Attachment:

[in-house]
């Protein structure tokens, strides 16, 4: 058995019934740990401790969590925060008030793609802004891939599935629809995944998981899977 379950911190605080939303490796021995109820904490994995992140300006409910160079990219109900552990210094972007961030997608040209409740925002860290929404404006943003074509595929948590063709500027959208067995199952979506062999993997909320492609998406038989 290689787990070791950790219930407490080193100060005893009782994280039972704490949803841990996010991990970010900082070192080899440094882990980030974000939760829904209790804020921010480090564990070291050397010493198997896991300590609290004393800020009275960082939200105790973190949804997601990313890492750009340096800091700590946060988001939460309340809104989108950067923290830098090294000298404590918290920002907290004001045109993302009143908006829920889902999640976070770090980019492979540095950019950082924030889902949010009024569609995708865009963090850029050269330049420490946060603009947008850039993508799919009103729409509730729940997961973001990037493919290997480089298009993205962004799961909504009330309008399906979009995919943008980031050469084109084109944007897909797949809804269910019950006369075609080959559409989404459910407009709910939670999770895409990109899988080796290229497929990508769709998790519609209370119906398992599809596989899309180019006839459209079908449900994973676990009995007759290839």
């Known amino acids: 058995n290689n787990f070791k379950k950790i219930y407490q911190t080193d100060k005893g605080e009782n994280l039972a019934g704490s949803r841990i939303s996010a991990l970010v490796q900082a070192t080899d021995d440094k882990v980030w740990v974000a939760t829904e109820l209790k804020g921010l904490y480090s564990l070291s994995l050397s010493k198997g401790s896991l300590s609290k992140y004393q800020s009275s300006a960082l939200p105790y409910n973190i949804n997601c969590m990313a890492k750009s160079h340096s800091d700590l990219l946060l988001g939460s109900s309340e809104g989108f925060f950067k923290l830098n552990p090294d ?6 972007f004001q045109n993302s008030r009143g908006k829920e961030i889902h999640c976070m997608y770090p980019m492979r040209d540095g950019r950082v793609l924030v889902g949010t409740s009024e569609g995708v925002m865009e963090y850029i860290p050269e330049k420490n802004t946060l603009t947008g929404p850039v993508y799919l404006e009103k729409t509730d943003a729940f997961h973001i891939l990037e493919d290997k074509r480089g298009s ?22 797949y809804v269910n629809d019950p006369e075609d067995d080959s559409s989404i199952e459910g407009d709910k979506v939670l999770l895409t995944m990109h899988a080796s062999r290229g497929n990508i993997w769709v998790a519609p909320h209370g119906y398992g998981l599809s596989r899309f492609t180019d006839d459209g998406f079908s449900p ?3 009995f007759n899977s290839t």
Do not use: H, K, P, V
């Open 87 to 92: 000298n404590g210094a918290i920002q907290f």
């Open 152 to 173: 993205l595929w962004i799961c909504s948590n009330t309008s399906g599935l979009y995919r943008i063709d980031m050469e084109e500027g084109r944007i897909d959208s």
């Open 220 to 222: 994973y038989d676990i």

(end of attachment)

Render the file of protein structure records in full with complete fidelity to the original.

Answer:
[in-house]
């Protein structure tokens, strides 16, 4: 058995019934740990401790969590925060008030793609802004891939599935629809995944998981899977 379950911190605080939303490796021995109820904490994995992140300006409910160079990219109900552990210094972007961030997608040209409740925002860290929404404006943003074509595929948590063709500027959208067995199952979506062999993997909320492609998406038989 290689787990070791950790219930407490080193100060005893009782994280039972704490949803841990996010991990970010900082070192080899440094882990980030974000939760829904209790804020921010480090564990070291050397010493198997896991300590609290004393800020009275960082939200105790973190949804997601990313890492750009340096800091700590946060988001939460309340809104989108950067923290830098090294000298404590918290920002907290004001045109993302009143908006829920889902999640976070770090980019492979540095950019950082924030889902949010009024569609995708865009963090850029050269330049420490946060603009947008850039993508799919009103729409509730729940997961973001990037493919290997480089298009993205962004799961909504009330309008399906979009995919943008980031050469084109084109944007897909797949809804269910019950006369075609080959559409989404459910407009709910939670999770895409990109899988080796290229497929990508769709998790519609209370119906398992599809596989899309180019006839459209079908449900994973676990009995007759290839």
């Known amino acids: 058995n290689n787990f070791k379950k950790i219930y407490q911190t080193d100060k005893g605080e009782n994280l039972a019934g704490s949803r841990i939303s996010a991990l970010v490796q900082a070192t080899d021995d440094k882990v980030w740990v974000a939760t829904e109820l209790k804020g921010l904490y480090s564990l070291s994995l050397s010493k198997g401790s896991l300590s609290k992140y004393q800020s009275s300006a960082l939200p105790y409910n973190i949804n997601c969590m990313a890492k750009s160079h340096s800091d700590l990219l946060l988001g939460s109900s309340e809104g989108f925060f950067k923290l830098n552990p090294d ?6 972007f004001q045109n993302s008030r009143g908006k829920e961030i889902h999640c976070m997608y770090p980019m492979r040209d540095g950019r950082v793609l924030v889902g949010t409740s009024e569609g995708v925002m865009e963090y850029i860290p050269e330049k420490n802004t946060l603009t947008g929404p850039v993508y799919l404006e009103k729409t509730d943003a729940f997961h973001i891939l990037e493919d290997k074509r480089g298009s ?22 797949y809804v269910n629809d019950p006369e075609d067995d080959s559409s989404i199952e459910g407009d709910k979506v939670l999770l895409t995944m990109h899988a080796s062999r290229g497929n990508i993997w769709v998790a519609p909320h209370g119906y398992g998981l599809s596989r899309f492609t180019d006839d459209g998406f079908s449900p ?3 009995f007759n899977s290839t």
Do not use: H, K, P, V
């Open 87 to 92: 000298n404590g210094a918290i920002q907290f």
């Open 152 to 173: 993205l595929w962004i799961c909504s948590n009330t309008s399906g599935l979009y995919r943008i063709d980031m050469e084109e500027g084109r944007i897909d959208s």
């Open 220 to 222: 994973y038989d676990i």